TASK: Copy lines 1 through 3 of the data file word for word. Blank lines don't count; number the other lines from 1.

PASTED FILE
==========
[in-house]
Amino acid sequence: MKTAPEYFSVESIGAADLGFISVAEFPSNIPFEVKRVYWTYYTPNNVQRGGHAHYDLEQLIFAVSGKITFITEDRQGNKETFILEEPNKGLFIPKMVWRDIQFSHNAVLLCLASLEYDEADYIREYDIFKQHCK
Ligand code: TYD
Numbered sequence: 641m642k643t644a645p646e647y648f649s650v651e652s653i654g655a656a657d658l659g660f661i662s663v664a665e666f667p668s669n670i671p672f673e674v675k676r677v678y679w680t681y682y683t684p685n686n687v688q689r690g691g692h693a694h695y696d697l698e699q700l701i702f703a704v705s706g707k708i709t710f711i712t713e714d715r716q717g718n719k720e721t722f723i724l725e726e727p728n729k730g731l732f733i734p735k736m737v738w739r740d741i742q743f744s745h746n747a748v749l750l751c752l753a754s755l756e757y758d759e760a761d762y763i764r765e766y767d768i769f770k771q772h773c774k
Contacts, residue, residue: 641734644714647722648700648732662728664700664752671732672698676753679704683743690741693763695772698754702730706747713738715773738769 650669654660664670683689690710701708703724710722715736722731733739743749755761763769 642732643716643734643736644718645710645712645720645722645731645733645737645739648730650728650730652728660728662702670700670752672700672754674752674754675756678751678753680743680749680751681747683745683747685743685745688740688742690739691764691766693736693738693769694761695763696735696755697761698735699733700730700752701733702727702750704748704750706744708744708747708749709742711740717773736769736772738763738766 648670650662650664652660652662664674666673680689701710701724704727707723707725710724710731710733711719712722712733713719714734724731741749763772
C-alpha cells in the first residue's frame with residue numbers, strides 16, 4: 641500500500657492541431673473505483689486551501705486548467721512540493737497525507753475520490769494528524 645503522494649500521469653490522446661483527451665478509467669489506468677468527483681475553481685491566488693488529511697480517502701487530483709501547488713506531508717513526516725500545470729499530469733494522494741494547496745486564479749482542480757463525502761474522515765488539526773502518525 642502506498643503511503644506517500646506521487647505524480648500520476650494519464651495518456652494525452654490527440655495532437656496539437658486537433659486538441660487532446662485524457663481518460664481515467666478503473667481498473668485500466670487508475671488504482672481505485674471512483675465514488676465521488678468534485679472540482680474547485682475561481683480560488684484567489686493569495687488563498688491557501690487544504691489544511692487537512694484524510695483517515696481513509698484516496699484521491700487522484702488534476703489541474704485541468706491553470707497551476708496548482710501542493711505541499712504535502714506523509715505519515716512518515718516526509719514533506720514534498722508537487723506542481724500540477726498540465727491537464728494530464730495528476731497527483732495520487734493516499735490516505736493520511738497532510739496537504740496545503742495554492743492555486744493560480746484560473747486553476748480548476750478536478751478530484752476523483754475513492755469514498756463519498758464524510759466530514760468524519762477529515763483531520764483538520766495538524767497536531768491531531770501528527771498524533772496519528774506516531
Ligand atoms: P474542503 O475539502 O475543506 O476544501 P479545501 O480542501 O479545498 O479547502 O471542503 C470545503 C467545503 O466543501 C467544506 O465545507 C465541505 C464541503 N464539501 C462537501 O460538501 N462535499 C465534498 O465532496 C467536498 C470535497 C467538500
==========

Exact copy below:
[in-house]
Amino acid sequence: MKTAPEYFSVESIGAADLGFISVAEFPSNIPFEVKRVYWTYYTPNNVQRGGHAHYDLEQLIFAVSGKITFITEDRQGNKETFILEEPNKGLFIPKMVWRDIQFSHNAVLLCLASLEYDEADYIREYDIFKQHCK
Ligand code: TYD